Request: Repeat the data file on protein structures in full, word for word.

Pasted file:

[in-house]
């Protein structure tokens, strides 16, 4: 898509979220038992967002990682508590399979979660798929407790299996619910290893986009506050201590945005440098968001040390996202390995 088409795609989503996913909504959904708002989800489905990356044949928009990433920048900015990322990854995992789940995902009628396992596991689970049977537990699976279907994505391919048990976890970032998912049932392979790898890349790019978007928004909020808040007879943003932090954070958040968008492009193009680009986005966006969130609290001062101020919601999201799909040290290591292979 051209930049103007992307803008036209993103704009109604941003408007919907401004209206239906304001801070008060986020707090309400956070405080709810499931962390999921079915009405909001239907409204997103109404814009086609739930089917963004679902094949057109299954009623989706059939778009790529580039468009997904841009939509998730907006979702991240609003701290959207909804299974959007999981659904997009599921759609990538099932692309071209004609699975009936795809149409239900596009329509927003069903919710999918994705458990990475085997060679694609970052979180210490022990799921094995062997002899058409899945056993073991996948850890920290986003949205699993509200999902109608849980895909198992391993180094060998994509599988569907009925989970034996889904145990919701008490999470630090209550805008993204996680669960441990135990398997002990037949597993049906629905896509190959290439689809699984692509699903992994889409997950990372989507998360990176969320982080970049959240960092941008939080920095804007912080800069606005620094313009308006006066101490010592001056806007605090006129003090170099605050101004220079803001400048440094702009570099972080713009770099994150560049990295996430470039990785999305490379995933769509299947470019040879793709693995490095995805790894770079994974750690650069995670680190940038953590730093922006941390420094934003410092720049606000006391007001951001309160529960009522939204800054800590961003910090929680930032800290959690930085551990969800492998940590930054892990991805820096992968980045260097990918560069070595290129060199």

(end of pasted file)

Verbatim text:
[in-house]
């Protein structure tokens, strides 16, 4: 898509979220038992967002990682508590399979979660798929407790299996619910290893986009506050201590945005440098968001040390996202390995 088409795609989503996913909504959904708002989800489905990356044949928009990433920048900015990322990854995992789940995902009628396992596991689970049977537990699976279907994505391919048990976890970032998912049932392979790898890349790019978007928004909020808040007879943003932090954070958040968008492009193009680009986005966006969130609290001062101020919601999201799909040290290591292979 051209930049103007992307803008036209993103704009109604941003408007919907401004209206239906304001801070008060986020707090309400956070405080709810499931962390999921079915009405909001239907409204997103109404814009086609739930089917963004679902094949057109299954009623989706059939778009790529580039468009997904841009939509998730907006979702991240609003701290959207909804299974959007999981659904997009599921759609990538099932692309071209004609699975009936795809149409239900596009329509927003069903919710999918994705458990990475085997060679694609970052979180210490022990799921094995062997002899058409899945056993073991996948850890920290986003949205699993509200999902109608849980895909198992391993180094060998994509599988569907009925989970034996889904145990919701008490999470630090209550805008993204996680669960441990135990398997002990037949597993049906629905896509190959290439689809699984692509699903992994889409997950990372989507998360990176969320982080970049959240960092941008939080920095804007912080800069606005620094313009308006006066101490010592001056806007605090006129003090170099605050101004220079803001400048440094702009570099972080713009770099994150560049990295996430470039990785999305490379995933769509299947470019040879793709693995490095995805790894770079994974750690650069995670680190940038953590730093922006941390420094934003410092720049606000006391007001951001309160529960009522939204800054800590961003910090929680930032800290959690930085551990969800492998940590930054892990991805820096992968980045260097990918560069070595290129060199």